Professionals and DIYers both, can install electrical boxes into insulated concrete foam (ICF) walls. However, successful installation requires careful and precise techniques. The application must include prudent measuring for placement and cautious securing of the boxes. It is important that, after installation of the boxes, chases, and wires – and before moving on with the building project – a building inspector should confirm the code compliance of the boxes and wires.

The Purposes and Advantages of Electrical Boxes

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Electrical boxes (also called junction boxes) serve several essential purposes: 

  • Electrical boxes provide the means for securely mounting and organizing the electrical cables and devices (outlets, light fixtures, switches, etc.) in the ceilings and walls.
  • Electrical boxes enclose the wiring connections to protect people and neighboring materials from electricity. 
  • Electrical boxes also protect the wires from moisture and dust, stop small critters from chewing the wires, and prevent fires within the box from spreading. 

Types of Electrical Boxes

Electrical boxes come in a wide range of sizes and shapes in both plastic and metal. For safety and legality, builders must select the right size electrical box to prevent crowding too many wires and devices into a single box.

The Pros and Cons of Metal Electrical Boxes

Metal electrical boxes provide several benefits:

  • Excellent strength and durability
  • Ultraviolet (UV) stability
  • Flame resistance
  • Maintain their strength at both low and high temperatures

Unfortunately, metal electrical boxes come with several problems and risks:

  • Metal boxes cost more than plastic boxes.
  • Metal boxes weigh more than plastic boxes.
  • The conductivity of metal boxes requires grounding. 
  • Metal boxes can corrode.

The Pros and Cons of Plastic Electrical Boxes

Prairie ICF

Plastic electrical boxes provide a few advantages over metal boxes:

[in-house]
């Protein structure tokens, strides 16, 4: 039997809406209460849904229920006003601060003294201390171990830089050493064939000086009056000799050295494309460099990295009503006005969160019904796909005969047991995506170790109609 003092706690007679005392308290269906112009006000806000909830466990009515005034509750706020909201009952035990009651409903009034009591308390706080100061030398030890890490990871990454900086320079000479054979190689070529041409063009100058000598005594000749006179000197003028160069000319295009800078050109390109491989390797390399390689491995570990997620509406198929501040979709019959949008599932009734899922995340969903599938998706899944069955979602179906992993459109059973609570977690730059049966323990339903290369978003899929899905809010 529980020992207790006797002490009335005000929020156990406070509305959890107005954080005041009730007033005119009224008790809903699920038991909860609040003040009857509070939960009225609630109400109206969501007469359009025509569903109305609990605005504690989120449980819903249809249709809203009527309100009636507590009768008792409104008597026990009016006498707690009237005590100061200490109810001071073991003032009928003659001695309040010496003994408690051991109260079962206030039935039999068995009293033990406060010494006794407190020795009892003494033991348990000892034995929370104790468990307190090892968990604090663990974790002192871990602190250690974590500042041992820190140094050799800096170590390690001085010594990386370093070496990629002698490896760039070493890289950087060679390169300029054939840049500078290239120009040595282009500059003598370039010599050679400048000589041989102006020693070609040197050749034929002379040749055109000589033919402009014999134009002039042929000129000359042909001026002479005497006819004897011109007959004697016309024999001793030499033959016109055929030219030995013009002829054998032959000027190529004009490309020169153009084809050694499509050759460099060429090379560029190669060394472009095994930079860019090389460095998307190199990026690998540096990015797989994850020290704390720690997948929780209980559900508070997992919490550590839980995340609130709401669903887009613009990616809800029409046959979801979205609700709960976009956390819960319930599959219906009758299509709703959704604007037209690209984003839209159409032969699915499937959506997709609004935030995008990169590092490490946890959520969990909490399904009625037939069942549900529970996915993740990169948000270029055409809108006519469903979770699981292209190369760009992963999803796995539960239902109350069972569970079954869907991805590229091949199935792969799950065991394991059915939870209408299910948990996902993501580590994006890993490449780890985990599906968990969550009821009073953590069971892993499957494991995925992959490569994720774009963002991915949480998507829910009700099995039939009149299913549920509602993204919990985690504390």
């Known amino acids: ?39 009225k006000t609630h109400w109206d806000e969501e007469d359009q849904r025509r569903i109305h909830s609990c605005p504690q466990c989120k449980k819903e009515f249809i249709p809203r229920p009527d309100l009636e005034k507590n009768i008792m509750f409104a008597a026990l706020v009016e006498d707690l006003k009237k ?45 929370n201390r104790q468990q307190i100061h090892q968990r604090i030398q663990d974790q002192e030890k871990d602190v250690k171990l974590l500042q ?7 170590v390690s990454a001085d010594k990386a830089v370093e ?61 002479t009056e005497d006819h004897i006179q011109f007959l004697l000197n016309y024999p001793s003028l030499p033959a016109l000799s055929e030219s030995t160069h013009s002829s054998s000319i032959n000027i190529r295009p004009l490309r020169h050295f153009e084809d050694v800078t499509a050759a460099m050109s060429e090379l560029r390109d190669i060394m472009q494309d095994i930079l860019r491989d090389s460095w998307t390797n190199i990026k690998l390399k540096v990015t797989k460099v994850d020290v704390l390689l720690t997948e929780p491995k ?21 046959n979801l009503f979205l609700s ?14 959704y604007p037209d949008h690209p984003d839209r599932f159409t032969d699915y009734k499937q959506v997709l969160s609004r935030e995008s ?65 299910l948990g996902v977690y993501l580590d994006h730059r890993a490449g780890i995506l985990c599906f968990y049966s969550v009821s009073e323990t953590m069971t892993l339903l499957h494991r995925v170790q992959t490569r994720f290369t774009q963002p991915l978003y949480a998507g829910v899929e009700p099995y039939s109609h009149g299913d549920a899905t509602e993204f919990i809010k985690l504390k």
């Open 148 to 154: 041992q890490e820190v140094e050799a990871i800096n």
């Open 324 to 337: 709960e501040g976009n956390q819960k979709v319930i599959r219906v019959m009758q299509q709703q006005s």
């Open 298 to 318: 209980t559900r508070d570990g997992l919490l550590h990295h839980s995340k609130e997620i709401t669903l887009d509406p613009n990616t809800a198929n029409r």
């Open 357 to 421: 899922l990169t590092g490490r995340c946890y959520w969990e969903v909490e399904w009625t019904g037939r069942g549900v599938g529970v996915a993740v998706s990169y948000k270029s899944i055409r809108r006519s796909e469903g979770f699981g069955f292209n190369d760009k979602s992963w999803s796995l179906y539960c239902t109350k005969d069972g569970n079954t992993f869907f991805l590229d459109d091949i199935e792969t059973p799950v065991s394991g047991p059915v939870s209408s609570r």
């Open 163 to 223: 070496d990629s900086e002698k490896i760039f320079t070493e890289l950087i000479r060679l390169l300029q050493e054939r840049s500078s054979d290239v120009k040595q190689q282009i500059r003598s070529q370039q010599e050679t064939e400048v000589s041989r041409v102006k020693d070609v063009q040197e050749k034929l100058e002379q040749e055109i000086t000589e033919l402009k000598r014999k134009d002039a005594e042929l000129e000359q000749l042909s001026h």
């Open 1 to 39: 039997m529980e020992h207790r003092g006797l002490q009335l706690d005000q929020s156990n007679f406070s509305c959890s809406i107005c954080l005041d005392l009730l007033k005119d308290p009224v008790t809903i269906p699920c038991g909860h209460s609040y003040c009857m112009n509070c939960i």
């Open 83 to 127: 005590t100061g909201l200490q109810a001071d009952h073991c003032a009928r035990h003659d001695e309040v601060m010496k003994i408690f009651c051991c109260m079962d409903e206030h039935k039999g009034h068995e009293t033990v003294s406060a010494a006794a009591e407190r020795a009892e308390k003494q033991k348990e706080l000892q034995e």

• Plastic electrical boxes cost less than metal boxes.
  • Plastic boxes weigh less than metal boxes.
  • The non-conductivity of plastic eliminates the need for grounding.
  • Plastic boxes do not corrode.

However, plastic boxes come with several downsides:

  • Plastic boxes do not provide the strength of metal boxes.
  • Ceiling fans should not use plastic boxes.
  • The low fire- and UV-resistance of plastic boxes makes them less stable than metal boxes.   
  • Cold temperatures can make plastic boxes brittle.

A Step by Step Guide to Installing Electrical Boxes in ICF Walls

Tools and materials needed for installing electrical boxes in ICF:

  1. Electric boxes, anchor screws
  2. Sharpie
  3. 12-inch ruler
  4. A hot knife provides a means to quickly and effectively cut an opening in the ICF. A hand saw can do everything a hot knife can; it just takes more time.
  5. Electric chainsaw ( hastens the install of the electric boxes)
  6. Levering tool
  7. Hammer
  8. Chisel or crowbar
  9. Drill and masonry bit

Mounting a Plastic Electrical Box:

  1. Position the electric box flat against the ICF wall, next to a web, with the base of the box about 12 inches above the floor. With a sharpie, draw an outline around the box. 
  2. Insert the hot knife (or handsaw) along the marked line and begin cutting along the lines. Be sure to cut right up next to the web so that the flange  on the box can mount on the web. 
  3. Using a simple lever tool, pop the square of ICF out of the wall